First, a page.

One of my favorite tools in my studio is the paint brush. i have mason jars and repurposed tubs full of brushes. Long & Short handles. Synthetic & Natural Bristles/Hairs. Filbert, Rounds, Flats, Brights. The arts and crafts market is flooded with various brushes for every type of project. Today i want to cover just some of the basics of brushes.
- bristles/hairs: these vary greatly depending on the type of art. They can be natural, synthetic, or a combination of both. The hairs can be broken down further into the toe (end of the bristles), belly (the fattest part of the brush), and the heel (the part that is attached to the ferrule). i have brushes with both natural hairs & synthetic hairs.
- ferrule: ("small bracelet") is the cap, usually metal, that strengthens the handle and holds the hairs in place. A good ferrule shouldn't rust or come loose.
- handle: it's frequently made of wood, sometimes coated wood, but can come in bamboo or plastic/acrylic. Short handles are generally used for detail work while long handles are used for canvases. Either way, you want to find one that feels comfortable in your hand.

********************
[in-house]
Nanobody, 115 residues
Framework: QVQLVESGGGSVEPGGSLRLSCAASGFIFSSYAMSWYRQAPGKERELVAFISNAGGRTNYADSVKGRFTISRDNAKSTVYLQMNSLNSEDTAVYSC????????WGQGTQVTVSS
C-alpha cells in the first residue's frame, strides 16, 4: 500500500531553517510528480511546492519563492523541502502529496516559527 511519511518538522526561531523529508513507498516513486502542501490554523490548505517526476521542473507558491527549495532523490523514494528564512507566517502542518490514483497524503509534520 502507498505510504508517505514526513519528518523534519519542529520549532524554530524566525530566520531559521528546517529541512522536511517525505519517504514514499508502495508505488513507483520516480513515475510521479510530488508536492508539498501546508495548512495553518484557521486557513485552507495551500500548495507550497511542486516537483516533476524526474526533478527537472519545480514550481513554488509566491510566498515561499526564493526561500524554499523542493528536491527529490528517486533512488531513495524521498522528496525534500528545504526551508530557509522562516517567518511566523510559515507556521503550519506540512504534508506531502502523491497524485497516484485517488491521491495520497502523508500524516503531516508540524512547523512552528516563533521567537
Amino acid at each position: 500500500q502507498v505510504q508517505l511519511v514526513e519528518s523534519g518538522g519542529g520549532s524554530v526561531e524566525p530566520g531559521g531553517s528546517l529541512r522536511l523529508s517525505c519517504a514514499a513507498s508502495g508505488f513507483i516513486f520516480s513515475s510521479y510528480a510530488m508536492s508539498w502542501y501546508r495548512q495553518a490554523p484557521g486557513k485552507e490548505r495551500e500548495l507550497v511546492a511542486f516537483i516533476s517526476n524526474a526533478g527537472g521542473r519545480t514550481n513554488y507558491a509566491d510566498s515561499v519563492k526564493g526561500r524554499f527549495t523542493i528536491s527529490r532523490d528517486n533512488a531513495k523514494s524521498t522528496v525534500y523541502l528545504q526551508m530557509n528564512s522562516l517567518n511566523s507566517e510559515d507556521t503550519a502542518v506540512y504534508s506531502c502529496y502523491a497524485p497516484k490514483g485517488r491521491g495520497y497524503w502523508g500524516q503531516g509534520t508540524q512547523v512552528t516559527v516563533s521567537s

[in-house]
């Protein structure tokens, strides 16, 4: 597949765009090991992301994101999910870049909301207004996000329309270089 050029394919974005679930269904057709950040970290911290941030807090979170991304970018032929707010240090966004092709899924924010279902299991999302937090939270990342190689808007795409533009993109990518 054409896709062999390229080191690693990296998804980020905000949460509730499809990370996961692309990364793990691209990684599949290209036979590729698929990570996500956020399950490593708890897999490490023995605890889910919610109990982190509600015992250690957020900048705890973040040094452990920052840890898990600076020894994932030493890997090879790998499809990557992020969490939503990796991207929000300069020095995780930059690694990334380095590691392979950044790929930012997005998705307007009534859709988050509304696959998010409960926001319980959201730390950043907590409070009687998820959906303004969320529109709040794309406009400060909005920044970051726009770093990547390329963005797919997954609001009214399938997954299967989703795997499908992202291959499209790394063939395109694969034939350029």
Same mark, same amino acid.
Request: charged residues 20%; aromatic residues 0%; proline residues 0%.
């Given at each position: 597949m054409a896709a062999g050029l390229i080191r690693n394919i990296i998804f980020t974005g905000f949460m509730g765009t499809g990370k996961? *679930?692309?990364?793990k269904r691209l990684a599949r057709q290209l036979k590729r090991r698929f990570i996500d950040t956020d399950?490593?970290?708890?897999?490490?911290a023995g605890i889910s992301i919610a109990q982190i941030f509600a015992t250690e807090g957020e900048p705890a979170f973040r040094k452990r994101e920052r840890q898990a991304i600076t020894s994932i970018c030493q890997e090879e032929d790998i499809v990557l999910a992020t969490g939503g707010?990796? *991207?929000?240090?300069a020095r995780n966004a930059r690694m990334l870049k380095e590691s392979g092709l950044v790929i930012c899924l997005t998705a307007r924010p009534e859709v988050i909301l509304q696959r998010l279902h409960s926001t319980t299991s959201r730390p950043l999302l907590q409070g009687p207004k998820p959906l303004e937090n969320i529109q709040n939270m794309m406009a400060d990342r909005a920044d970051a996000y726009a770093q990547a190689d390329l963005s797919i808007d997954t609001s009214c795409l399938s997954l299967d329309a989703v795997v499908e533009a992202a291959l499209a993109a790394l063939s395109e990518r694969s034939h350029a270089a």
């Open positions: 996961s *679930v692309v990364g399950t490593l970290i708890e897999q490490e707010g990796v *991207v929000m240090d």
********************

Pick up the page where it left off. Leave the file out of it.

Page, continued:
- crimp: the part of the ferrule that secures it to the handle along with the glue
- size: not every manufacturer puts the size on the brush but i really like it when they do. Another thing to note is that these sizes aren't necessarily the same from manufacturer to manufacturer. They can vary.
- company name &/or designer series: you may see just the company name, the designer series, or both. For example i have some brushes that read "Catalyst by Princeton." This lets me know the specific line with a company that has many different lines.
- shape/style: again not every manufacturer puts this on the handle. You can usually tell the style of the brush by looking at the hairs. We will get more into the shapes/styles of the brush on another post.
We will take a deeper looking into paint brushes in upcoming blog posts!